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Five Leiden researchers elected as members of KNAW

Five Leiden researchers have been nominated as members of the Royal Netherlands Academy of Arts and Sciences (KNAW).They will be inaugurated on 16 September.

Members of KNAW are elected on the grounds of their scientific performance. This year KNAW appointed nineteen new members, bringing the total number of KNAW members to around 550.

The following new members have been elected from Leiden University and the LUMC:

Jenny Dankelman – Professor of Minimally Invasive Surgery and Interventional Techniques

Jenny Dankelman develops medical instruments for minimally invasive surgery. Such instruments used to be used only for keyhole surgery, but today surgeons are also able to perform more complex operations without having to make large incisions. Dankelman and her research group devised an instrument, for example, that can find its way through branching arteries. They also made a minuscule water cutter that can remove cartilege. Dankelman brings together researchers from technical and medical domains, shares her knowledge with practitioners and works to construct safe and inexpensive medical instruments for poor countries.

Andrea Evers – Professor of Health Psychology

Andrea Evers is an expert in the area of pain, itching and placebo effects. She integrates insights from biomedical sciences, neurosciences, psychobiology and psychopathology. Evers and her research group develop new behavioural therapies that make use of apps and internet. She has been awarded several prestigious subsidies and prizes, was a member of the Young Academy of KNAW (2013-2018) and has inspired and taught many young researchers.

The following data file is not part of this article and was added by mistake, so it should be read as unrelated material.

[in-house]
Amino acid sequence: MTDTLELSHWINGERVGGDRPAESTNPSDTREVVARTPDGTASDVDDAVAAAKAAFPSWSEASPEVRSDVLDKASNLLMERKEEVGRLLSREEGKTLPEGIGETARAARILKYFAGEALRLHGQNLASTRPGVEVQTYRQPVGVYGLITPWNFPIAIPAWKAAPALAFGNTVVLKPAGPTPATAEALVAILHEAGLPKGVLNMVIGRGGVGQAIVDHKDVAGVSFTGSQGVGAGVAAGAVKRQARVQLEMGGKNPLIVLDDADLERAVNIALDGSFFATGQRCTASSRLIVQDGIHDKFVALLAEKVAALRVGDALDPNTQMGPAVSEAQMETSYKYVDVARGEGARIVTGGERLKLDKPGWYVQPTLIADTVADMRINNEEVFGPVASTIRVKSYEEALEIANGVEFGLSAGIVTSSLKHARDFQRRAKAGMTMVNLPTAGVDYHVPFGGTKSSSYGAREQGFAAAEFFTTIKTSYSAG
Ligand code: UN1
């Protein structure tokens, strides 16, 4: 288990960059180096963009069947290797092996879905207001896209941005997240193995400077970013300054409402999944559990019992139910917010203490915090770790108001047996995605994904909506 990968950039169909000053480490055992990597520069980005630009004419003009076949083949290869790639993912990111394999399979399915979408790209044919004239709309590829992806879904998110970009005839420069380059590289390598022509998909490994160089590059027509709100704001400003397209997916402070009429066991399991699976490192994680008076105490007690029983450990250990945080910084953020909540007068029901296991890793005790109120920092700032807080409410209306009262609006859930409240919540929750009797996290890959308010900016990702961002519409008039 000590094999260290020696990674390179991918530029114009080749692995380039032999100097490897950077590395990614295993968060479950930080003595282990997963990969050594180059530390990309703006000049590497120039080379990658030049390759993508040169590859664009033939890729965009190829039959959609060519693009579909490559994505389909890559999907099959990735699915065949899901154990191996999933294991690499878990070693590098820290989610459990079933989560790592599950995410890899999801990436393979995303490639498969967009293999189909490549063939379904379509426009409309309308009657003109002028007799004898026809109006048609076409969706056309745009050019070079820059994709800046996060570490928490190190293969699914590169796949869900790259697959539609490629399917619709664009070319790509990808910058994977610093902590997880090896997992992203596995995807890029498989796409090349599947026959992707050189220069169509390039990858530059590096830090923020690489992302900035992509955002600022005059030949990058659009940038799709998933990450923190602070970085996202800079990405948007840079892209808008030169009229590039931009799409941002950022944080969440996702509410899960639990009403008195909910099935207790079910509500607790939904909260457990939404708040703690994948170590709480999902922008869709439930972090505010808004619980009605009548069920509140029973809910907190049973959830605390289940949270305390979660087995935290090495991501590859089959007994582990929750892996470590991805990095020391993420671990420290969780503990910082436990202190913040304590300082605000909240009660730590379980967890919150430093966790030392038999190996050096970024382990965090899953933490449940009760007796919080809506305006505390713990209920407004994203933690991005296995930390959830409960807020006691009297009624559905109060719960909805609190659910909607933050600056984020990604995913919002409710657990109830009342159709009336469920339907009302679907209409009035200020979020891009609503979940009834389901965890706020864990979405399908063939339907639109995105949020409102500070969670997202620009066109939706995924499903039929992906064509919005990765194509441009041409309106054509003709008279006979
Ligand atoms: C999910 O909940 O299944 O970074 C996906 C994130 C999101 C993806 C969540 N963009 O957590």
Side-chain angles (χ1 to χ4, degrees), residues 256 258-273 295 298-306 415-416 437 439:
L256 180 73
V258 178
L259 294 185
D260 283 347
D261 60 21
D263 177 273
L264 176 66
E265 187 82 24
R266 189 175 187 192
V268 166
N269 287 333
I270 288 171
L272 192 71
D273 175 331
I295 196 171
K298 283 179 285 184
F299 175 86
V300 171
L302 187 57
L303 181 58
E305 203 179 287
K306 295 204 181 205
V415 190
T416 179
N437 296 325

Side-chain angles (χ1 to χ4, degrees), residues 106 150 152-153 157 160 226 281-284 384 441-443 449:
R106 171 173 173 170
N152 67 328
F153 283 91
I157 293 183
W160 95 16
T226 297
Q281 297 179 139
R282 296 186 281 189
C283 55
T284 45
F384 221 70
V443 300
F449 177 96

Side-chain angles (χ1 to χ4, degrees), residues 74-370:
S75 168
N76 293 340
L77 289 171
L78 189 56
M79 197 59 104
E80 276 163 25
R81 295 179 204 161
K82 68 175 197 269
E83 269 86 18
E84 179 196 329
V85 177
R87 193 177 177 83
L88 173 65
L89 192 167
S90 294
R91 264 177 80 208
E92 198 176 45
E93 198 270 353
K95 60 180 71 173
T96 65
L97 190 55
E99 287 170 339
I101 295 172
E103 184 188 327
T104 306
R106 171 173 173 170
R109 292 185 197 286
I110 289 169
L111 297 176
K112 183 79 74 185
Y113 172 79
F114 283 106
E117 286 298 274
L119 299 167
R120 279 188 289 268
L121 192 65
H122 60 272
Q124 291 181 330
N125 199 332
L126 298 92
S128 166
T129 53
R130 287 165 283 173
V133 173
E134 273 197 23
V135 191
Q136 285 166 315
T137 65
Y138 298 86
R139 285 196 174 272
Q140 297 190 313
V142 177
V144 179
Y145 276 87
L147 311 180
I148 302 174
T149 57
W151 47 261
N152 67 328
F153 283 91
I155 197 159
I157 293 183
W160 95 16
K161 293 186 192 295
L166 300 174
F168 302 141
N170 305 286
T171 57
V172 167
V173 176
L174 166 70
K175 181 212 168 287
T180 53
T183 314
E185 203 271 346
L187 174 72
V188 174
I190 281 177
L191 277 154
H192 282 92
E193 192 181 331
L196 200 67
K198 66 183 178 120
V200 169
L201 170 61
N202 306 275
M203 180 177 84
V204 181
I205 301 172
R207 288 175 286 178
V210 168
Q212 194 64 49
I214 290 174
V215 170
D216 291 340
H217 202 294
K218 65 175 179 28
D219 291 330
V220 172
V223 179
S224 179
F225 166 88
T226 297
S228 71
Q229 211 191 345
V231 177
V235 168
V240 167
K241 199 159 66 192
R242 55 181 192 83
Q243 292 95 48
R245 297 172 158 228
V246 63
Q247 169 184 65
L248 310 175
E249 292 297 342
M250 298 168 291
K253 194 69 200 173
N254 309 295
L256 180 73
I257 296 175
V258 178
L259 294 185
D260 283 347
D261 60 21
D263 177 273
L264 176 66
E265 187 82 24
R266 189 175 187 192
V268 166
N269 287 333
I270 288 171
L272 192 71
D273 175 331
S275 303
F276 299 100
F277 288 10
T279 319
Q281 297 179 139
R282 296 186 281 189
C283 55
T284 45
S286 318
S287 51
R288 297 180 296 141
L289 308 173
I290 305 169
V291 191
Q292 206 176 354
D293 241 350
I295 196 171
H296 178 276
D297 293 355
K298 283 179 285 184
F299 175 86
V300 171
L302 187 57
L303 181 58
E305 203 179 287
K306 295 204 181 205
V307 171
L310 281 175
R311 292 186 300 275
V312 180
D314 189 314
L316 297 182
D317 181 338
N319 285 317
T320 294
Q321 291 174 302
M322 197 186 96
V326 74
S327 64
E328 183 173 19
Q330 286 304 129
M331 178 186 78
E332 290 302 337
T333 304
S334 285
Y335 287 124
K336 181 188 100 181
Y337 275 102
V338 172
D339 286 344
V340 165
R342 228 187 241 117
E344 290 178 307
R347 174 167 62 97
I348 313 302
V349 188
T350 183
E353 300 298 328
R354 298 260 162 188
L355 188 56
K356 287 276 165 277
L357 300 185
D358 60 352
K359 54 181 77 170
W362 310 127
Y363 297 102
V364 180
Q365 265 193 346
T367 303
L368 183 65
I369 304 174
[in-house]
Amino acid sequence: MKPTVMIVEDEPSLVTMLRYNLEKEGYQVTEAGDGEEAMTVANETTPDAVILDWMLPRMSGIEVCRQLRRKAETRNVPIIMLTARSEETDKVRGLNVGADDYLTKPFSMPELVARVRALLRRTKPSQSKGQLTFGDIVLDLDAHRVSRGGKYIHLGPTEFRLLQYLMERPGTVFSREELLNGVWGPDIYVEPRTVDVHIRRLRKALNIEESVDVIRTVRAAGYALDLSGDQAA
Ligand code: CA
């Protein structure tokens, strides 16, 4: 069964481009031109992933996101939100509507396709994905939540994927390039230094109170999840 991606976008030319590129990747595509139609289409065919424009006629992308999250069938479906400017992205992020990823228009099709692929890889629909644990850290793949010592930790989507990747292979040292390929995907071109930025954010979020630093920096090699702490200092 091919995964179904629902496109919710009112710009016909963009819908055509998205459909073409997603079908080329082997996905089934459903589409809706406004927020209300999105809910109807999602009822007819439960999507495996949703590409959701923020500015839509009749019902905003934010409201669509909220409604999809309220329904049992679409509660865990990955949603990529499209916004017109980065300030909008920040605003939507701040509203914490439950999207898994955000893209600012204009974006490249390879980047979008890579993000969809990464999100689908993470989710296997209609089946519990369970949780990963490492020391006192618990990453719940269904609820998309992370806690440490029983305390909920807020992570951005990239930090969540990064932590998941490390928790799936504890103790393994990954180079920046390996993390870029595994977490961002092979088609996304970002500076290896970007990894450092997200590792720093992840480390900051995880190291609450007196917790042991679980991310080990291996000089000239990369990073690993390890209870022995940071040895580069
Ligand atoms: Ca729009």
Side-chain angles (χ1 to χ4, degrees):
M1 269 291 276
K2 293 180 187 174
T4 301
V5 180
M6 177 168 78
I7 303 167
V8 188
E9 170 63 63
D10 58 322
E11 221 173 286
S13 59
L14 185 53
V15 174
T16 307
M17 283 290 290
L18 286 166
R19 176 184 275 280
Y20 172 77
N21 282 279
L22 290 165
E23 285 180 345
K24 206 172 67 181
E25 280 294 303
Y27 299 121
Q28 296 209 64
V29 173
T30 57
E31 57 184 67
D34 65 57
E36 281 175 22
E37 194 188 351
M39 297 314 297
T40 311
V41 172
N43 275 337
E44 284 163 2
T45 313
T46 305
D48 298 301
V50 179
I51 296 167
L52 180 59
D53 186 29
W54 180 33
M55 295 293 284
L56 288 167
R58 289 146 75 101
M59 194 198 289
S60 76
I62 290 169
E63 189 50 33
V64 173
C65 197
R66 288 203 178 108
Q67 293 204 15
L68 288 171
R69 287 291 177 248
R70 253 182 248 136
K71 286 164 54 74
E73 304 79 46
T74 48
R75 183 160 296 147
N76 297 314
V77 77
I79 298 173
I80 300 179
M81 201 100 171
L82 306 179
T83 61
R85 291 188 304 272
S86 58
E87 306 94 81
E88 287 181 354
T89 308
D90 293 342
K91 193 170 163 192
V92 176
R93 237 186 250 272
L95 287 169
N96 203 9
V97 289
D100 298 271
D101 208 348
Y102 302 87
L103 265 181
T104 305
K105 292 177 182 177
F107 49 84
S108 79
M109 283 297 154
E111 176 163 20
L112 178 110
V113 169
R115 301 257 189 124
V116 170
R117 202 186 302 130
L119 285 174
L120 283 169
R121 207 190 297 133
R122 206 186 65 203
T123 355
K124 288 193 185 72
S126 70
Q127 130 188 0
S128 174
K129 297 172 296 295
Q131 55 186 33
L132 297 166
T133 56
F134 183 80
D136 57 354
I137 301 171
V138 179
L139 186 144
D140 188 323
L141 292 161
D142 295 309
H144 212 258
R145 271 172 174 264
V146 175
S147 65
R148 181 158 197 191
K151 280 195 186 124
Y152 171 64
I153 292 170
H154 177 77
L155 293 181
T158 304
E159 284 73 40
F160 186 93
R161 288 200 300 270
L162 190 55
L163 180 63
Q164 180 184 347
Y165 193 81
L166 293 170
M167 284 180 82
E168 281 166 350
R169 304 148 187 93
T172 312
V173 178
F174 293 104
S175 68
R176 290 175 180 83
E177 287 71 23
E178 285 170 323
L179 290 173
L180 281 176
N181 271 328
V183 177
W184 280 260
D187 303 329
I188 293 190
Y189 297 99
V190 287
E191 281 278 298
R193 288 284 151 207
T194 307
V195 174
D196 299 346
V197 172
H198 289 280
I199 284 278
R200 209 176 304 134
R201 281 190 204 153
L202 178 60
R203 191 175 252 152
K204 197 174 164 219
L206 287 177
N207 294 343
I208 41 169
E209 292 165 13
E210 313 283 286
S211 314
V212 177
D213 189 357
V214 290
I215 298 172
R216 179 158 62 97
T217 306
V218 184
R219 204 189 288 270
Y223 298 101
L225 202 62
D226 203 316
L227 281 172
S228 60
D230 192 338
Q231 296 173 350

Marian Klamer – Professor of Austronesian and Papuan Linguistics

Marian Klamer is a linguist who studies how languages influence one another. She is a specialist in the indigenous languages of Eastern Indonesia, a region where hundreds of different languages are spoken that exhibit both similarities and major differences. Klamer first charted and described a number of different languages. Together with fellow researchers she went on to compile a public database with information on 45 minor languages threatened with extinction. 

Leo Lucassen – Professor of Labour and Migration History

Leo Lucassen is an internationally renowned researcher in the area of migration history. He conducts research on mobility, interactions between migrants and the already present population, and migration politics. With his research Lucassen builds a bridge between historic research and social sciences. He is a regular participant in societal debates, including as a guest in Dutch television programme Buitenhof, as an author of articles in national newspapers and as an active user of Twitter. Together with his brother Jan (who also works atthe Institute for History), he wrote the book Vijf eeuwen migration (Five Centuries of Migration in 2018.

Ewout Steyerberg – Professor of Clinical Biostatistics and Medical Decision-Making 

Now that medical science has access to big data, the clinical prediction research undertaken by Ewout Steyerberg is crucial. His book Clinical Prediction Models written in 2009 gave the field of research an enormous impetus. Steyerberg has developed advanced regression modelling and other statistical techniques for making predictions. The aim of his research is to make better decisions in healthcare. His methods are standard practice in many clinical domains throughout the world. Other areas on which he focuses include designing and analysing randomised clinical studies, cost effectiveness, the analysis of decisions and the quality of healthcare research. 

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